ASP.NET Web API supports multiple message formats. The framework uses the “Accept” request header from the client to determine the message format. If you visit a Web API URL with internet explorer, you will get a JSON message by default; if you use Chrome, which sends “application/xml;” in the accept header, you will get a XML message.
Message format is an extensivity point in Web API. There is a pretty good example on ASP.NET web site. Recently, when I worked on my SkyLinq open source cloud analytic project, I needed a way to expose data to the client in a very lean manner. I would like it to leaner than both XML and JSON, so I used csv. The example provided on the ASP.NET website is actually a CSV example. The article was lastly updated on March 8, 2012. Since ASP.NET is rapidly advancing, I found that I need to make the following modifications to make the example working correctly with Web API 2.0.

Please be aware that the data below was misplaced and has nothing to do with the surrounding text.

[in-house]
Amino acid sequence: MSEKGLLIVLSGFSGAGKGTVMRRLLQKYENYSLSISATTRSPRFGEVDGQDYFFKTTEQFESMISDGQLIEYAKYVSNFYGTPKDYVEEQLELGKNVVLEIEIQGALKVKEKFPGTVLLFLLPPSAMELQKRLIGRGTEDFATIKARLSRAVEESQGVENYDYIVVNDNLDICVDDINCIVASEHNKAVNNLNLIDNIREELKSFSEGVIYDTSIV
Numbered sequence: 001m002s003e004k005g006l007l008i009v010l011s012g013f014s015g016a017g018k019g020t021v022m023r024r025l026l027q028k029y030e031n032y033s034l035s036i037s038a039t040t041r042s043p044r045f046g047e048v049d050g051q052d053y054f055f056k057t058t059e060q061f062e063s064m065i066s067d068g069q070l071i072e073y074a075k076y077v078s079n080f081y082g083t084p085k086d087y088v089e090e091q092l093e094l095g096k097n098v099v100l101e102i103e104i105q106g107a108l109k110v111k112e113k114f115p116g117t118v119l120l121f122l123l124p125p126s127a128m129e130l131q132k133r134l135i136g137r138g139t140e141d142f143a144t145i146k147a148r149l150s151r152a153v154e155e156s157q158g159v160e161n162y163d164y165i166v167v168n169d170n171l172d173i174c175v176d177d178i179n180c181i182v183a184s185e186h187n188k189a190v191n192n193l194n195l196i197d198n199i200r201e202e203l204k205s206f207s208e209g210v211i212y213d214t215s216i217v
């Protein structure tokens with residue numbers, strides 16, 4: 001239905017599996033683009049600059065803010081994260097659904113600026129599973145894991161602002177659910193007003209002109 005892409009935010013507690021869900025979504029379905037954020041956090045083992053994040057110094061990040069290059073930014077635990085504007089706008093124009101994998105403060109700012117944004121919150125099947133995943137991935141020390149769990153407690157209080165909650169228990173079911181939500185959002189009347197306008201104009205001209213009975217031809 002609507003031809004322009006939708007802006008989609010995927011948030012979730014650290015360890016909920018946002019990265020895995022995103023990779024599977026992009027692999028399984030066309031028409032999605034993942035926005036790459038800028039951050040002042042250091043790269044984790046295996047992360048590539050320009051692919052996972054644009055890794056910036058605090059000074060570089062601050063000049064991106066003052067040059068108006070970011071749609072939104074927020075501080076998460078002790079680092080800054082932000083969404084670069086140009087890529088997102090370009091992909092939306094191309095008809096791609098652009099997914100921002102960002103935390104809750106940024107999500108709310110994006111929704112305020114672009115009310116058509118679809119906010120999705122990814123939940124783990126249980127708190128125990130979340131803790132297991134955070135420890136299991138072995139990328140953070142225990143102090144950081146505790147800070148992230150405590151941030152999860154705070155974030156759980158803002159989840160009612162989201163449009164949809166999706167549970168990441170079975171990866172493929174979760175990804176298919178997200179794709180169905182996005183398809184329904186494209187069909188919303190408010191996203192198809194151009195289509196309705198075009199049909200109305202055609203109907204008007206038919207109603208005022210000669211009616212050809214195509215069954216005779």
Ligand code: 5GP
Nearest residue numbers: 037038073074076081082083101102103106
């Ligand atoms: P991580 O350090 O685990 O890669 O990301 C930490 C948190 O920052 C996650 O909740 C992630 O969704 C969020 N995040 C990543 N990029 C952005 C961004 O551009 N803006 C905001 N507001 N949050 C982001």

- CanReadType is now a public function instead of a proetected function.
- The signature of WriteToStream has changed. The current signature is
- When addition the Media Formatter to the Configuration, I have to insert my custom formatter into the formatters collection as the first. This is because the JSON Formatter actually recognizes the “application/csv” header and send JSON back instead. Example below: